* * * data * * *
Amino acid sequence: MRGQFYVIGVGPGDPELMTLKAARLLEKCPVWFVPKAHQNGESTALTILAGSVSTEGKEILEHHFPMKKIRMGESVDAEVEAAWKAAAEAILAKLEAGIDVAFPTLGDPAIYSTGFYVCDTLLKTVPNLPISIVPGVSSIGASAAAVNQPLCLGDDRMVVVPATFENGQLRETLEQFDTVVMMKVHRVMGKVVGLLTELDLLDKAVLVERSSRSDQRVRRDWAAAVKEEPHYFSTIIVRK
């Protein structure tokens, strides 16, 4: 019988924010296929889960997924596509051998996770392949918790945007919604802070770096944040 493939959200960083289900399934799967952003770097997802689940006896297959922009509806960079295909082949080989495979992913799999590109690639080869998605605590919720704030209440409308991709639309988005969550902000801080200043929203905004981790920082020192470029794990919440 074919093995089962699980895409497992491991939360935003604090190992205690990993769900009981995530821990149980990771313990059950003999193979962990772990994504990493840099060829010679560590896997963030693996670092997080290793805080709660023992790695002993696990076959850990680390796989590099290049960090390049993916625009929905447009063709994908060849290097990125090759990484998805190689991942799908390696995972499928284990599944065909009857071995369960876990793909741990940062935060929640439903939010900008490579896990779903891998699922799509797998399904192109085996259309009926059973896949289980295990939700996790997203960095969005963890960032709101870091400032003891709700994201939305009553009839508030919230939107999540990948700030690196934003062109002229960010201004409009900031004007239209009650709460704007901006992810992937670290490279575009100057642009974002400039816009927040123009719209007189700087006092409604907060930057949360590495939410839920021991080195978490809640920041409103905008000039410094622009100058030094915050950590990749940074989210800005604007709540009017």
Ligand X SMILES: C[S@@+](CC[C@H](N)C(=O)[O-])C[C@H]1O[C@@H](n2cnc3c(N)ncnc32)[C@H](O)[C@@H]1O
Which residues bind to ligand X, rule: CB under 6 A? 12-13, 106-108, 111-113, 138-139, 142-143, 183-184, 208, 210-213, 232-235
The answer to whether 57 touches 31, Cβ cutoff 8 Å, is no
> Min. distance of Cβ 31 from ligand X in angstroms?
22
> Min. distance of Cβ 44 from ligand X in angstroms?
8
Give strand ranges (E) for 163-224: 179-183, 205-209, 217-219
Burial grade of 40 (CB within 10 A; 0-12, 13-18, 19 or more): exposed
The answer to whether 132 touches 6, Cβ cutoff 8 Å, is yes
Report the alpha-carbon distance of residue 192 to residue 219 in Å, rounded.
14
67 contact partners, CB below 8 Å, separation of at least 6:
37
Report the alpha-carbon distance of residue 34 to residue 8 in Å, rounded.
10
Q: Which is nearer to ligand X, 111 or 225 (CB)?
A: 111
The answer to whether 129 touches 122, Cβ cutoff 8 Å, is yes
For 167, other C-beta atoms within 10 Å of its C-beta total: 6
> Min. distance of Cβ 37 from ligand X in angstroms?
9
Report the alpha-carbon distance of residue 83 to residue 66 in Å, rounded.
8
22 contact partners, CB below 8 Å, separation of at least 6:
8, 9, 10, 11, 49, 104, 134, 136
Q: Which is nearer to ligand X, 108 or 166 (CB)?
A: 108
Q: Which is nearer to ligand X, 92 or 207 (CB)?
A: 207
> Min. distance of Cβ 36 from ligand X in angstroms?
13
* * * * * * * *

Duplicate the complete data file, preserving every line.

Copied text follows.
Amino acid sequence: MRGQFYVIGVGPGDPELMTLKAARLLEKCPVWFVPKAHQNGESTALTILAGSVSTEGKEILEHHFPMKKIRMGESVDAEVEAAWKAAAEAILAKLEAGIDVAFPTLGDPAIYSTGFYVCDTLLKTVPNLPISIVPGVSSIGASAAAVNQPLCLGDDRMVVVPATFENGQLRETLEQFDTVVMMKVHRVMGKVVGLLTELDLLDKAVLVERSSRSDQRVRRDWAAAVKEEPHYFSTIIVRK
């Protein structure tokens, strides 16, 4: 019988924010296929889960997924596509051998996770392949918790945007919604802070770096944040 493939959200960083289900399934799967952003770097997802689940006896297959922009509806960079295909082949080989495979992913799999590109690639080869998605605590919720704030209440409308991709639309988005969550902000801080200043929203905004981790920082020192470029794990919440 074919093995089962699980895409497992491991939360935003604090190992205690990993769900009981995530821990149980990771313990059950003999193979962990772990994504990493840099060829010679560590896997963030693996670092997080290793805080709660023992790695002993696990076959850990680390796989590099290049960090390049993916625009929905447009063709994908060849290097990125090759990484998805190689991942799908390696995972499928284990599944065909009857071995369960876990793909741990940062935060929640439903939010900008490579896990779903891998699922799509797998399904192109085996259309009926059973896949289980295990939700996790997203960095969005963890960032709101870091400032003891709700994201939305009553009839508030919230939107999540990948700030690196934003062109002229960010201004409009900031004007239209009650709460704007901006992810992937670290490279575009100057642009974002400039816009927040123009719209007189700087006092409604907060930057949360590495939410839920021991080195978490809640920041409103905008000039410094622009100058030094915050950590990749940074989210800005604007709540009017």
Ligand X SMILES: C[S@@+](CC[C@H](N)C(=O)[O-])C[C@H]1O[C@@H](n2cnc3c(N)ncnc32)[C@H](O)[C@@H]1O
Which residues bind to ligand X, rule: CB under 6 A? 12-13, 106-108, 111-113, 138-139, 142-143, 183-184, 208, 210-213, 232-235
The answer to whether 57 touches 31, Cβ cutoff 8 Å, is no
> Min. distance of Cβ 31 from ligand X in angstroms?
22
> Min. distance of Cβ 44 from ligand X in angstroms?
8
Give strand ranges (E) for 163-224: 179-183, 205-209, 217-219
Burial grade of 40 (CB within 10 A; 0-12, 13-18, 19 or more): exposed
The answer to whether 132 touches 6, Cβ cutoff 8 Å, is yes
Report the alpha-carbon distance of residue 192 to residue 219 in Å, rounded.
14
67 contact partners, CB below 8 Å, separation of at least 6:
37
Report the alpha-carbon distance of residue 34 to residue 8 in Å, rounded.
10
Q: Which is nearer to ligand X, 111 or 225 (CB)?
A: 111
The answer to whether 129 touches 122, Cβ cutoff 8 Å, is yes
For 167, other C-beta atoms within 10 Å of its C-beta total: 6
> Min. distance of Cβ 37 from ligand X in angstroms?
9
Report the alpha-carbon distance of residue 83 to residue 66 in Å, rounded.
8
22 contact partners, CB below 8 Å, separation of at least 6:
8, 9, 10, 11, 49, 104, 134, 136
Q: Which is nearer to ligand X, 108 or 166 (CB)?
A: 108
Q: Which is nearer to ligand X, 92 or 207 (CB)?
A: 207
> Min. distance of Cβ 36 from ligand X in angstroms?
13